12. #12
    Senior Member Zero_Enigma's Avatar
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    Quote Originally Posted by wrafl
    I have a wireless that I bought before I went with the cable set up. The wireless does have limitations like the distance of the sensor to the unit and I worry also of the interference that are caused by other devices out there such as garage door opener signals, etc. I have more confidence with the wired model and in fact I need to add another computer just to see if the one I have now is accurate. I found out the other day when I have the computer and GPS mounted side by side, they did not agree on the total mileage I rode. GPS odometer showed 50 miles whereas the cycle computer showed I did 66 miles. Electrical interferance caused the disparity? Your thoughts please.
    If you use wireless and wave your GPS over it watch the phantom mileage roll FAST. Like 0-97 kph in 2 secs.
    Zero_Enigma

  13. #13
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    Now why would a GPS which is a passive device and emits no electronic signal cause a wireless computer to count. I have had a Garmin mounted next to my VDO wireless in the past and I mean right next to each other with no interference from one to the other.

    Now if you ride a rail trail and have a low price computer, there is some possibility that if you ride under or near high tension towers that the low price computer may show an erroneous speed.

    torgrot

  14. #14
    Senior Member wrafl's Avatar
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    Quote Originally Posted by Torgrot
    Now why would a GPS which is a passive device and emits no electronic signal cause a wireless computer to count. I have had a Garmin mounted next to my VDO wireless in the past and I mean right next to each other with no interference from one to the other.

    Now if you ride a rail trail and have a low price computer, there is some possibility that if you ride under or near high tension towers that the low price computer may show an erroneous speed.

    torgrot
    You got it wrong. I am currently using the the wired computer and never really got a chance to install the wireless due to it's limitations on signal strength, (no more than 24" from the unit). I ride a folding bicycle and the distance from the handle bar to the fork where the sensor is mounted exceed the 24" limitation of the device. Instead of exchanging the wireless, I bought a wired computer for the folding bicycle and intend to use the wireless on my other bike. I am trying to find the disparity between the GPS and computer since I recorded 51 MPH as my top speed while the computer top speed was 25.9 and in addition to total miles recorded. I also ride the bike path parallel along power lines but any interference could not have caused the difference since the computer is wired. My other concern was that the GPS was probably not receiving signals when I go through streets that are lined with trees on each side. The total activity hours was the only area of measurement the GPS and computer agreed. And the GPS I have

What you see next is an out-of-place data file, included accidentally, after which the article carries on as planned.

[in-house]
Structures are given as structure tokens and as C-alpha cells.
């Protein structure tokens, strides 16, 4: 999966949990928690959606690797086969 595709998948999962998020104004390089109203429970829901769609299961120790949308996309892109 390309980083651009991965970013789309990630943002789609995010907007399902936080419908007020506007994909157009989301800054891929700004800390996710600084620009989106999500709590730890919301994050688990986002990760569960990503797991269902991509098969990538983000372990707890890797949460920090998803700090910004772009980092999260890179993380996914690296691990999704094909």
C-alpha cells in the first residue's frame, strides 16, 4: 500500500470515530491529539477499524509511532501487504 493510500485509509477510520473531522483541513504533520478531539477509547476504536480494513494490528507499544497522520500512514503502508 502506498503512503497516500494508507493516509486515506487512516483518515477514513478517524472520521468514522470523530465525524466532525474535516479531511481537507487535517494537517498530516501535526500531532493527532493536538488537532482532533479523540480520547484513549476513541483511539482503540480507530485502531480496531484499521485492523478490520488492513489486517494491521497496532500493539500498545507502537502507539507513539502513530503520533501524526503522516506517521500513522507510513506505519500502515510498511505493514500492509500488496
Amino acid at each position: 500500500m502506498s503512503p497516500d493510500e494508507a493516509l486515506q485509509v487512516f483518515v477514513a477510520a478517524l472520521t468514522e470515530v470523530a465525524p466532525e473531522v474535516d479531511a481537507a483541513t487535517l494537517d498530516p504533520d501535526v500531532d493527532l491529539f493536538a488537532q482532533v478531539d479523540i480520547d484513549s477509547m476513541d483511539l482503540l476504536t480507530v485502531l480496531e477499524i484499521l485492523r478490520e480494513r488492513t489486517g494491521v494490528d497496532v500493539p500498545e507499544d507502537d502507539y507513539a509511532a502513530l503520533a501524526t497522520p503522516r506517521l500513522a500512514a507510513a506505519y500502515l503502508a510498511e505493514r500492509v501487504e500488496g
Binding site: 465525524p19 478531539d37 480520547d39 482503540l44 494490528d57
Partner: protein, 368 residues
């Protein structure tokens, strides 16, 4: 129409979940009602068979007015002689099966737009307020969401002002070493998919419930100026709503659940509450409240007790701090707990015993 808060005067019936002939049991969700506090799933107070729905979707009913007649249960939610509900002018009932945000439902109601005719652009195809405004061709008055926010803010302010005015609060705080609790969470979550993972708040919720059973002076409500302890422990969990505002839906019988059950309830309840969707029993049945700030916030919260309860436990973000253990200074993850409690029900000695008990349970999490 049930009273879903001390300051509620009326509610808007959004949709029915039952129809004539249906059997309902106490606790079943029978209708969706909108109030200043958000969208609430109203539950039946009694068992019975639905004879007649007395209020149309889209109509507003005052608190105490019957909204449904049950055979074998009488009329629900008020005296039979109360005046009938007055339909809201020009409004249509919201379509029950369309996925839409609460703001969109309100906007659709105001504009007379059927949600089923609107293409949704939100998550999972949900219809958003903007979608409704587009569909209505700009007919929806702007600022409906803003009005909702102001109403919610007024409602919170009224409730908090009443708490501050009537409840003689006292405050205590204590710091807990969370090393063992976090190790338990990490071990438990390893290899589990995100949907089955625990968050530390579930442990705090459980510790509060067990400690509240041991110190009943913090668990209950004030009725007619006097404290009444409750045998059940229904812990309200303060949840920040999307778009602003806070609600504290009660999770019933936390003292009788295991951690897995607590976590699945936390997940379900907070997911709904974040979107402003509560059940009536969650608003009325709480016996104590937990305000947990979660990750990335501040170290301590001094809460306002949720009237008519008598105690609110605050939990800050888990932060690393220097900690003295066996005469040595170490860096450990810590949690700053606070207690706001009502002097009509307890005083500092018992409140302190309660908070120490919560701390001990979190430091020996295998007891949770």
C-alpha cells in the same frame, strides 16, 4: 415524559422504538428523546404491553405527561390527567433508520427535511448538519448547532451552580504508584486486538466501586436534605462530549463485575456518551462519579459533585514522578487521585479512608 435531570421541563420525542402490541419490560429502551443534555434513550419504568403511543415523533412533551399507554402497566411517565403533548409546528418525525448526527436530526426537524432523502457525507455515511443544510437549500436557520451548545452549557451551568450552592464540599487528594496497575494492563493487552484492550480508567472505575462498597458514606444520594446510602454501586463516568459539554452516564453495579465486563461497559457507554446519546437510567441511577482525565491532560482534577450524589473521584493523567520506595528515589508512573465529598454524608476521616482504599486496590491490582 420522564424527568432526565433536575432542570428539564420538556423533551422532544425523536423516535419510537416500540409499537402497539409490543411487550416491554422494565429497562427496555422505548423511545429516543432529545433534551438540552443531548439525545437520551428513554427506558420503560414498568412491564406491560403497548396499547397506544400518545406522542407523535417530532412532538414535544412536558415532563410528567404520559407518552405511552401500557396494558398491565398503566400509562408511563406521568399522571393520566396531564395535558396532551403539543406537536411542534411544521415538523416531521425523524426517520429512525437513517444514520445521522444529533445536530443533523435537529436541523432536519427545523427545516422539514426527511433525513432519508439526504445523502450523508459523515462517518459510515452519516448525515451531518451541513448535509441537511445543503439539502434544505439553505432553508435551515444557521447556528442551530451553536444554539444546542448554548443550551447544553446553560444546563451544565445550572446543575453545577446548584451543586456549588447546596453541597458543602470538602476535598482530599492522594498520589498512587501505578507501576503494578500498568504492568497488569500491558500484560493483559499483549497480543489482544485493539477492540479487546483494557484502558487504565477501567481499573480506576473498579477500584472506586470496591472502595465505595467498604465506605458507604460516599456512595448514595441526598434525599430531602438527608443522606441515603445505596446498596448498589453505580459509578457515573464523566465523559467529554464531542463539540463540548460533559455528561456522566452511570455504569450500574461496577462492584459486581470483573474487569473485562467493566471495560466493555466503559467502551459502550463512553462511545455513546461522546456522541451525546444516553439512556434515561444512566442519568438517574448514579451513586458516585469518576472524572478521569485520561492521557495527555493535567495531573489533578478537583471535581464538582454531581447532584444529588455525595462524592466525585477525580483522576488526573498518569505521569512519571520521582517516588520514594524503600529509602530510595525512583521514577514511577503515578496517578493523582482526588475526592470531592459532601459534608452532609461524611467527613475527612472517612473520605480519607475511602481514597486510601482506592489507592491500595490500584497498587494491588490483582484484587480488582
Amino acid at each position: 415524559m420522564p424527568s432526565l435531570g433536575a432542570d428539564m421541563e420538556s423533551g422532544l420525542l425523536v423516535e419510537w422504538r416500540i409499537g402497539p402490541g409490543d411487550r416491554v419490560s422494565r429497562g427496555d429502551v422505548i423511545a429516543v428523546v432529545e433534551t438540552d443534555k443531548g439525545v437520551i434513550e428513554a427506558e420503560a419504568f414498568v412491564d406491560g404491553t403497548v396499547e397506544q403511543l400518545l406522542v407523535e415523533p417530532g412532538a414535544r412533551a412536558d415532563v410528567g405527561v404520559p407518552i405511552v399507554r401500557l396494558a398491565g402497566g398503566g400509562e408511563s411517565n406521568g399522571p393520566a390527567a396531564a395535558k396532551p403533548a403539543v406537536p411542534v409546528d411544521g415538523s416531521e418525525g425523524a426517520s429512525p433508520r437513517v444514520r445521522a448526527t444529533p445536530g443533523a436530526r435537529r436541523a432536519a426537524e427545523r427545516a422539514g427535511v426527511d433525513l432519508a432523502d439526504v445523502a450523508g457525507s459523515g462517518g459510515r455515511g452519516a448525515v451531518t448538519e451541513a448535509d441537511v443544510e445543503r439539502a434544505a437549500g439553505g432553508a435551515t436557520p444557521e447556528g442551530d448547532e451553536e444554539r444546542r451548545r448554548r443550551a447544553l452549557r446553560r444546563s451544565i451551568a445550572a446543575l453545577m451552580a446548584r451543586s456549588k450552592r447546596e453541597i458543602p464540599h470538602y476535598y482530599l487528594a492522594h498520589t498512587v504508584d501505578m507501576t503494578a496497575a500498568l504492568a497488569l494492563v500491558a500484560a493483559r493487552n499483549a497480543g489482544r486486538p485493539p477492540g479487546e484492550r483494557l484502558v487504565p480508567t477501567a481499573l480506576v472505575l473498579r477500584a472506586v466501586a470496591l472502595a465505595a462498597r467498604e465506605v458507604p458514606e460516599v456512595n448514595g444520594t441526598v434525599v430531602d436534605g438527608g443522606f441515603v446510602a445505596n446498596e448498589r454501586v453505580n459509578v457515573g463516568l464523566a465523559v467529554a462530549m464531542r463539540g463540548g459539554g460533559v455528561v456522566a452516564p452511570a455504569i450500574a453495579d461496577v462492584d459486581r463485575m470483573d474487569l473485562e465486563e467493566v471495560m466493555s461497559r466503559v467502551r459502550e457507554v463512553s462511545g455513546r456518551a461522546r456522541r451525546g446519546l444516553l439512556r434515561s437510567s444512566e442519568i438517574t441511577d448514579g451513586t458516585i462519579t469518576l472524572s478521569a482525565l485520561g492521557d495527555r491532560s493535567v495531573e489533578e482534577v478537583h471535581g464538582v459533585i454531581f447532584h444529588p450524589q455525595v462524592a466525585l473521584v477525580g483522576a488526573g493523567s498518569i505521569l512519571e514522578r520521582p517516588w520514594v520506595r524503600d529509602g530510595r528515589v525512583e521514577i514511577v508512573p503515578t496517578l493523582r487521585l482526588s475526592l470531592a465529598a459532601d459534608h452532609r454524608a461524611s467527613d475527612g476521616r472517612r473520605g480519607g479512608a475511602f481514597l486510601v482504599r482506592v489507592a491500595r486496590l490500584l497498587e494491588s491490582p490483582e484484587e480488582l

is the Garmin Legend C which was actually for the boat that I thought I should compare by mounting on the bike to determine if the the unit correspond with their measurements or calibratred.

  15. #15
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    I am not familiar with the Garmin Legend, I use the Edge 305. I have found with the Edge it is necessary to wait for a satellite lock before taking off. It has given me some quite odd readings as position can change significantly between while waiting for the lock. My Edge has always given me excellent reception under heavy forest canopy. I don't know how accurate or reliable a GPS built for use on a boat would be. There are some very different design principles between a bike GPS and a boat GPS. Trees being one of them.

    As for the 24" limit on most wireless computers that is why I always recommend the newer VDO computers. They have a range of about 2 meters or 80". The batteries are cheap and both are the sender and reciever are the same.

    torgrot

  16. #16
    Senior Member DieselDan's Avatar
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    I have two "cheap" computers, a Schwinn and a Back Trails (Target brand). Both are identical and will work on either mount.
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  17. #17
    Uber Goober StephenH's Avatar
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    I just bought the Schwinn version at Walmart a week or two ago- first one I've used. Works okay so far. The coil has to be adjusted to be the right distance from the magnet, which can take a try or two (adjustable by sliding up and down the fork/spoke).

  18. #18
    Healthy and active twobikes's Avatar